The Director of Public Prosecutions would not stop at the Government’s initial proposals to televise the Appeal Court and sentencing in Crown Courts. He advocates televising lawyers’ opening and closing statements and does not rule out televising witnesses, though he is careful to add the caveat that nothing should adversely affect their ability to give their best evidence to the court.
Mr Starmer’s view is clear: that transparency and visibility would help the public understand how the criminal justice system works, and shining a light on the workings of the court room could only serve to boost its efficiency and effectiveness.
Both he and Lord Neuberger also take a practical, rational view of the way to solve objections to televising specific types of cases which could be affected by the presence of cameras, for example sex offences and family disputes. The presiding judge would decide, and would always have the right of veto over the televising of any case.
Once the law has been changed, there will need to be a period of consultation when the rules are drawn up. The broadcasters think the default position should be that cases can be televised, with the news organisations deciding which cases it will actually cover.
The judge could make an exception if he or she decided there was a risk the presence of cameras might prevent justice being done.
We must avoid the situation in Scottish courts where TV is not explicitly banned but the rules are so complex and restrictive that in practice the only type of coverage possible is in documentary form after the case has ended.
The argument for televising courts remains, as much as anything, one of democratic rights, since the judicial system is a key component of our democracy and is funded with taxpayers’ cash. This year we saw a series of cases involving former MPs and peers, accused of fiddling their parliamentary expenses: public representatives accused of the theft of taxpayer’s cash in courts funded by the taxpayer, and yet not visible to the vast majority of taxpayers.
Later, in the Appeal Court, the former head of social services for Haringey, Sharon Shoesmith won her appeal against her summary sacking over the Baby Peter case. Lord Justice Maurice Kay did not mince his words: “I find it a deeply unattractive proposition that the mere juxtaposition of a state of affairs and a person who is “accountable” should mean that there is nothing that that person might say which could conceivably explain, excuse or mitigate her predicament. “Accountability” is not synonymous with ‘Heads must roll’.”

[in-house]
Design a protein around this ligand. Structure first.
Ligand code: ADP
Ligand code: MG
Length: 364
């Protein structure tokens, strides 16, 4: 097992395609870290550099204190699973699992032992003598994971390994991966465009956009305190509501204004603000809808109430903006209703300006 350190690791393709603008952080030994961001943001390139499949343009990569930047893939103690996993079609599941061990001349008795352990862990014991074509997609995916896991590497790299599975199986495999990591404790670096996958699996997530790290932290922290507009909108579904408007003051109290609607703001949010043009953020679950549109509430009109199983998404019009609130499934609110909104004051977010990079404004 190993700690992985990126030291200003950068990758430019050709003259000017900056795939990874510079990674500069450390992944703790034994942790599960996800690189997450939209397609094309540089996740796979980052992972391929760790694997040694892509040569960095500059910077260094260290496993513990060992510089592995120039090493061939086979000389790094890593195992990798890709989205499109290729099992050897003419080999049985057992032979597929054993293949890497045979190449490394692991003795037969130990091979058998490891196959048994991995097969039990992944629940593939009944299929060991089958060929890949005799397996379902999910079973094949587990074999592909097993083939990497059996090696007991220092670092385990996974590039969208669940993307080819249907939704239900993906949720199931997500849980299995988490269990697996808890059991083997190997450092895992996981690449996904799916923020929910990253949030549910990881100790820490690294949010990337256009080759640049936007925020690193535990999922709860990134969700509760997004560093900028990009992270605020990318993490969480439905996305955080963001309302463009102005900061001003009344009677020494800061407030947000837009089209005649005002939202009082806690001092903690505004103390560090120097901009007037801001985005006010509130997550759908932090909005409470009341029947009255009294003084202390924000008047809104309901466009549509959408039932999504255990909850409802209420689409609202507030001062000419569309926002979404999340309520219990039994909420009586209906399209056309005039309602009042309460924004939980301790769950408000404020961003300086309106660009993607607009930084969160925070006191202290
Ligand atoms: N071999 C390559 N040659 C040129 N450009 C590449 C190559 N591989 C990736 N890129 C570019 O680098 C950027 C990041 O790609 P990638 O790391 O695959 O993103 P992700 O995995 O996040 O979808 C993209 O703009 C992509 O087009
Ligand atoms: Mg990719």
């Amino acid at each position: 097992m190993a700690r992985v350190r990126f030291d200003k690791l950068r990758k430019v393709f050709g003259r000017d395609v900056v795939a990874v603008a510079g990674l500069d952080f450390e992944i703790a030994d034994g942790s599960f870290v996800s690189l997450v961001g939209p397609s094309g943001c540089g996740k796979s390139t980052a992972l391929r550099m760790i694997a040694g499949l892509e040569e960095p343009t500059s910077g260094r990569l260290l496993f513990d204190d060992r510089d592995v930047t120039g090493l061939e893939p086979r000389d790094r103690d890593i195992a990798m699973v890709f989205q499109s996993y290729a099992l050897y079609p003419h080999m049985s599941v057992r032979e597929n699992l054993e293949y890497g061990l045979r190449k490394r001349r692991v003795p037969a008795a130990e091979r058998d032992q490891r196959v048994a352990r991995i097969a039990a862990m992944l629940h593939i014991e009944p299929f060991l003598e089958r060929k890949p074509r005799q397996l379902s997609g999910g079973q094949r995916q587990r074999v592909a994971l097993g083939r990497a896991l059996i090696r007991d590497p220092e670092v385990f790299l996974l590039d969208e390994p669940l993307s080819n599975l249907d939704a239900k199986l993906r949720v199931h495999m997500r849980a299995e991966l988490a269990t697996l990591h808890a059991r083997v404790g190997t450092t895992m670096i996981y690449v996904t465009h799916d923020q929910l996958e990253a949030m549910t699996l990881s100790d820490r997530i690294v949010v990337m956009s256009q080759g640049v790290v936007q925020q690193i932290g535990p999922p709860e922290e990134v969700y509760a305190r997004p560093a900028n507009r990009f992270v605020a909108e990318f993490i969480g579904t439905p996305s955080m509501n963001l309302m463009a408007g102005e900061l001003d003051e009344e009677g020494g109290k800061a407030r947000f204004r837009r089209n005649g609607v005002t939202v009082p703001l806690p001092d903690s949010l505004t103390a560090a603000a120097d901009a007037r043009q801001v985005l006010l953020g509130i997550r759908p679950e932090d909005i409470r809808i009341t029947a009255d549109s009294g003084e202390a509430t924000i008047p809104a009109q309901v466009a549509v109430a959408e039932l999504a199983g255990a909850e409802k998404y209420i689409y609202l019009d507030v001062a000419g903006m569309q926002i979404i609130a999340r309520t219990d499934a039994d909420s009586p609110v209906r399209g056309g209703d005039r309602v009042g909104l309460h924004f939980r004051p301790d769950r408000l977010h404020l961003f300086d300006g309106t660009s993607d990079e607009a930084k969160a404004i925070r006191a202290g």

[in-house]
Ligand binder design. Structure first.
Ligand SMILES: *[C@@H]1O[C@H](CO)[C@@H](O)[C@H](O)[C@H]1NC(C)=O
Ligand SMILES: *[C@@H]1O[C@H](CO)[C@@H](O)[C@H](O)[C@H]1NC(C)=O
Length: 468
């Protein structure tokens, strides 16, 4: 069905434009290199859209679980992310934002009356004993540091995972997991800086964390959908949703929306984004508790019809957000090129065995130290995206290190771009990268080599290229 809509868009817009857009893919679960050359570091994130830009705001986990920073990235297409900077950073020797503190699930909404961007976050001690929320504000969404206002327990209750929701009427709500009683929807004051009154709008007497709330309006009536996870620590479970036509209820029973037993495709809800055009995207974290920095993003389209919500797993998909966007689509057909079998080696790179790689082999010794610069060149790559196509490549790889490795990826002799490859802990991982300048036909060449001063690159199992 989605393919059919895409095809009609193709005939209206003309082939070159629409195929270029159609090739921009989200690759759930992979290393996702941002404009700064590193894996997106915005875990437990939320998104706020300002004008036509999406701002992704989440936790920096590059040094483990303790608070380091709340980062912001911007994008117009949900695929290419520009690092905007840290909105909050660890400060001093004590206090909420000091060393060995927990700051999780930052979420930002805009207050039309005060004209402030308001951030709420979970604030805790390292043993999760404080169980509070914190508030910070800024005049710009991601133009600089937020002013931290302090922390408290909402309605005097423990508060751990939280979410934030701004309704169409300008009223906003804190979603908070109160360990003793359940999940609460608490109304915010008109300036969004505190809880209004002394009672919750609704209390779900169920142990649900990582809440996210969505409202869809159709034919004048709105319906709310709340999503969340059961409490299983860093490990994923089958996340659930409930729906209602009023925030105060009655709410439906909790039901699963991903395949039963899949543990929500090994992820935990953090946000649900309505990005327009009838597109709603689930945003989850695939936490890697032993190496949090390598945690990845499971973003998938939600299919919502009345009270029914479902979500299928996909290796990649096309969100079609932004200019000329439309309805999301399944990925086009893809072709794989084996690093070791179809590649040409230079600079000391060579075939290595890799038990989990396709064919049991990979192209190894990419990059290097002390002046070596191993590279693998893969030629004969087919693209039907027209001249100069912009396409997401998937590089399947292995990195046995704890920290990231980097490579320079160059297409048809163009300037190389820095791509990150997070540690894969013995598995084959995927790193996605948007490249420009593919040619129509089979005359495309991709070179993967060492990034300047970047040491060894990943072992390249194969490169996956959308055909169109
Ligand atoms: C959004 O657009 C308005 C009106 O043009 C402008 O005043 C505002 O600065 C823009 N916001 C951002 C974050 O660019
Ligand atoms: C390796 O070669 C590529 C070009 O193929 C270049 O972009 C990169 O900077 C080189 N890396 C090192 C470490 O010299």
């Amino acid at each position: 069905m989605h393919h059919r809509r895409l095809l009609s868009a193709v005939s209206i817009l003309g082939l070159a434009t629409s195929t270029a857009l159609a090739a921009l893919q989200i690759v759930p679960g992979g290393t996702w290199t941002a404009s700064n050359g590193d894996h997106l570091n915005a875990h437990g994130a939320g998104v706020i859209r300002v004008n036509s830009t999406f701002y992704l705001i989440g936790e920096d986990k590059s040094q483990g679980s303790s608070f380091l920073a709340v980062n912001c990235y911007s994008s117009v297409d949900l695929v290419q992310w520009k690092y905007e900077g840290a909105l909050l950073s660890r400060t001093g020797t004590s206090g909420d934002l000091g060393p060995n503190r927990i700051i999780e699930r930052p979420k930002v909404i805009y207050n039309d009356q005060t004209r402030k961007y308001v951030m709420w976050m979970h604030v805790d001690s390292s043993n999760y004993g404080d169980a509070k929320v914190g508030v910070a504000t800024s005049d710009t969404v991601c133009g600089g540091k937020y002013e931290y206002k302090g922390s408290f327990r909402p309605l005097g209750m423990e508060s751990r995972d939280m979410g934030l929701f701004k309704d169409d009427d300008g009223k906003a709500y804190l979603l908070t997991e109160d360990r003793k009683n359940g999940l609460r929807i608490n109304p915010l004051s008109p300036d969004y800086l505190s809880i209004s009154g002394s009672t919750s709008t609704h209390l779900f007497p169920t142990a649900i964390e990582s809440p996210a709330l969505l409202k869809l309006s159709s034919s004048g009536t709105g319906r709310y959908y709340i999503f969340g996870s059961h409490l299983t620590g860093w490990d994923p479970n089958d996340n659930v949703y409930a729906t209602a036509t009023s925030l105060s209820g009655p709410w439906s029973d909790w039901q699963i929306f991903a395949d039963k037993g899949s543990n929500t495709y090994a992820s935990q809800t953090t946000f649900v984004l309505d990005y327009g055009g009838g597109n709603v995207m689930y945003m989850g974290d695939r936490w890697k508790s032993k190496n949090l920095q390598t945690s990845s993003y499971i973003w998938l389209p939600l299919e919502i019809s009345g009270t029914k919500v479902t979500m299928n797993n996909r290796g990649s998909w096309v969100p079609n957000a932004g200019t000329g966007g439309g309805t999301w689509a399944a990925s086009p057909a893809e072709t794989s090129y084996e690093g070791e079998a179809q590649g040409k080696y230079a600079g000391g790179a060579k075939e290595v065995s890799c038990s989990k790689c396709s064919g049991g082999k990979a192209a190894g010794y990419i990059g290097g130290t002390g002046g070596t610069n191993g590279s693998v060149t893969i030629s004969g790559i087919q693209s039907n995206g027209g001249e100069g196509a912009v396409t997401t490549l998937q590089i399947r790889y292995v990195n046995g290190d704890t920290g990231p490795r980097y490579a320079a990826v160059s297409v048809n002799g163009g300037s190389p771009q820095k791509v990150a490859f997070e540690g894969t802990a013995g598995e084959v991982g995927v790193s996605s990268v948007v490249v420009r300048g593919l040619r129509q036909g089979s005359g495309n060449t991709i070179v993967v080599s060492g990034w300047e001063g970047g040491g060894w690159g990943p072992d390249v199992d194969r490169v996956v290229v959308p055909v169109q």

Outside the court Ms Shoesmith’s solicitor repeated the Judge’s words for the assembled media, surely an unsatisfactory way of transmitting to the public a judicial conclusion of such public importance. Once again, this was a case in which public money, and public confidence was at stake, but the proceedings were only available to a tiny number of people with the time and opportunity to attend in person.
Opponents of TV in court consistently argue that the presence of cameras would incite lawyers and judges to “act up” - or grandstand. Certainly, a few minutes viewing Sky News’ stream of the Supreme Court Live (skynews.com/supremecourt) confirms that in the one British court which permits live televising, lawyers and judges behave completely normally, and seem oblivious to the cameras.
A similar conclusion was reached by all those who saw the not-for-broadcast pilot in the Appeal Court, in 2004. Bruce Houlder QC, then Chairman of the Bar Council’s Public Affairs Committee argued the pilot “demonstrated clearly that televising the courts has the power to educate, and to generate respect for the idea of Law and Justice, and the professional guardians of these ideals…we may soon begin to wonder what all the fuss was about.”
Despite its apparent success, tape copies of the pilot gather dust in the broadcasters’ vaults and nothing came of it.
Since Jonathan Caplan’s 1989 report “Televising The Courts” the legal fraternity has, on the whole, been a great deal more supportive of the idea than the politicians. The Bar Council’s response to Lord Falconer’s consultation in 2005 concluded that “the importance to a society of open justice is considerable. The fact that the technology exists which could assist greater public knowledge and confidence in the process should not be ignored. The Council recommends that the absolute bar to televising court proceedings should be removed.”